Robert Cottingham is an American artist predominantly known for his paintings and prints of urban building façades, neon signs, and shop fronts. He was born in Brooklyn, New York in 1935. After completing his service in the U.S. Army, Cottingham studied at the Pratt Institute in New York, earning his Bachelor of Fine Arts in 1963.
During the 1960s, he worked as an artistic director for an advertising firm while producing paintings inspired by the works of American Photorealists such as Edward Hopper and Charles Sheeler. Additionally, like many artists in the 1960s, Cottingham’s work was heavily influenced by Pop Art. His enlarged scales evoke the work of James Rosenquist and his employment of text echoes that of Andy Warhol and Robert Indiana.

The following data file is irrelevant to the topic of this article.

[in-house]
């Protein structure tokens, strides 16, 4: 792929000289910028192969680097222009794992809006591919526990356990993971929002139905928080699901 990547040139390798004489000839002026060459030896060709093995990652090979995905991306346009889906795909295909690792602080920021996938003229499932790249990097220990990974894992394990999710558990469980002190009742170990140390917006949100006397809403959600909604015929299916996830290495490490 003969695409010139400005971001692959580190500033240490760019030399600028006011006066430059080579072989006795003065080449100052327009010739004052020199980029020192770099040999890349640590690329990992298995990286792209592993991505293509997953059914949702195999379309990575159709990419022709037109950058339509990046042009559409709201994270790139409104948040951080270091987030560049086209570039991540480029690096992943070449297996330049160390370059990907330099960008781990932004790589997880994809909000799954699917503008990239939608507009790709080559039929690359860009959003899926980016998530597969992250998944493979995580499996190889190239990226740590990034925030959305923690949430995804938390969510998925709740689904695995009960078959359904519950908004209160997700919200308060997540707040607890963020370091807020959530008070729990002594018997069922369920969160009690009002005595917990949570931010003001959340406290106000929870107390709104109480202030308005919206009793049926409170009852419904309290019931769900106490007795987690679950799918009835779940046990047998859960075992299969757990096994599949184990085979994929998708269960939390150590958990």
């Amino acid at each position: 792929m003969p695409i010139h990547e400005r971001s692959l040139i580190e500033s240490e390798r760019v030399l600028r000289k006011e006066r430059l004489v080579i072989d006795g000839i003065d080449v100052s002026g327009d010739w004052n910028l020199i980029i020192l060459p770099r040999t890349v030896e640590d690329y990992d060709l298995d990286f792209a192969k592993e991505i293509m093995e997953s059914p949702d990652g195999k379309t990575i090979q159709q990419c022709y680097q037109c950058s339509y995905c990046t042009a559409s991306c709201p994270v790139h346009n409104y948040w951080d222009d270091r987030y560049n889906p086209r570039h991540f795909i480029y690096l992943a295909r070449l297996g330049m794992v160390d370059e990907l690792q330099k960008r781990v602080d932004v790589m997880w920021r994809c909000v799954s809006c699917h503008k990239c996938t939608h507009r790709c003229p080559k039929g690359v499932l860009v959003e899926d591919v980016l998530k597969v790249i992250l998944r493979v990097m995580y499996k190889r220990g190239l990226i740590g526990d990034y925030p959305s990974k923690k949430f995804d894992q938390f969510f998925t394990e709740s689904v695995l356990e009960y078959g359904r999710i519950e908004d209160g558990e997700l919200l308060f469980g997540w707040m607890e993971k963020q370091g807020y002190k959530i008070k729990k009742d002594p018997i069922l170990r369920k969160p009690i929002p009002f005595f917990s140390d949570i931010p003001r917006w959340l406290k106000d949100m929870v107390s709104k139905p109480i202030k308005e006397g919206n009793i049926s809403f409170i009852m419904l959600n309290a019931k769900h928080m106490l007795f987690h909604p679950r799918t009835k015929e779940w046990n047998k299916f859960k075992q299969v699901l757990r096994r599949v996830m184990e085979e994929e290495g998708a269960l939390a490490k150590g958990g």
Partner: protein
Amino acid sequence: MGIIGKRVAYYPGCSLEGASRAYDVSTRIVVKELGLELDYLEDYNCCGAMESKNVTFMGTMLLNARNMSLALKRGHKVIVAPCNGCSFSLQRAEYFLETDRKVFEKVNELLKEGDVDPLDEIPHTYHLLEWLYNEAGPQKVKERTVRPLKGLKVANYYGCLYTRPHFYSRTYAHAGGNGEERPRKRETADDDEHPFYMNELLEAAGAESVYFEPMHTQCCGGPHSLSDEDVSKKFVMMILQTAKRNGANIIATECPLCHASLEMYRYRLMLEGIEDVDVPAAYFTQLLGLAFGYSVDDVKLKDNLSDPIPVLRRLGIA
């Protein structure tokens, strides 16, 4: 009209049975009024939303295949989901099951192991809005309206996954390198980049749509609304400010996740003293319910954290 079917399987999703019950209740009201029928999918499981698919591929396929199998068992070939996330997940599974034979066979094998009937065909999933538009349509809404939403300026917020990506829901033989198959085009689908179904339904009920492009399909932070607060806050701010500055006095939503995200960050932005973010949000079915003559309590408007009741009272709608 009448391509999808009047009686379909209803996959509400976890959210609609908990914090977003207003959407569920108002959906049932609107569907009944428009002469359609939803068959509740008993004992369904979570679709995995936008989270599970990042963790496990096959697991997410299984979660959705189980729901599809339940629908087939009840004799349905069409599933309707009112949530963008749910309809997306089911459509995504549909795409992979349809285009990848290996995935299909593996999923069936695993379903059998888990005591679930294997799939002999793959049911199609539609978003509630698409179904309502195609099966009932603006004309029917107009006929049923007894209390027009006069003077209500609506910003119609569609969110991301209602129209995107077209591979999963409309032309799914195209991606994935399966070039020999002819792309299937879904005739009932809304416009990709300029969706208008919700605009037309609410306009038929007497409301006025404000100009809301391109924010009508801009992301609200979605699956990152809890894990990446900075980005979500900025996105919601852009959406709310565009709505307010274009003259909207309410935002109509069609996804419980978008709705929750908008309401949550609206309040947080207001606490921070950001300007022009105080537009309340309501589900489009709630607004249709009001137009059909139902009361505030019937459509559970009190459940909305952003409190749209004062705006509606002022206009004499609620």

In 1964, Cottingham moved to Los Angeles where he focused exclusively on his art practice. He experimented with photography and used his photographs as a reference point for his paintings. In the 1970s he moved to rural Connecticut and, although removed from the urban environment, he continued to paint more expansive and broad urban landscapes.
During his career, he exhibited extensively, most notably at the Whitney Museum in New York, NY, the Smithsonian American Art Museum in Washington, D.C., the Deutsche Guggenheim in Berlin, Germany, Documenta in Kassel, Germany, the Serpentine Gallery in London, England, and the Samsung Museum of Modern Art in Seoul, South Korea. Cottingham continues to live and work in Connecticut.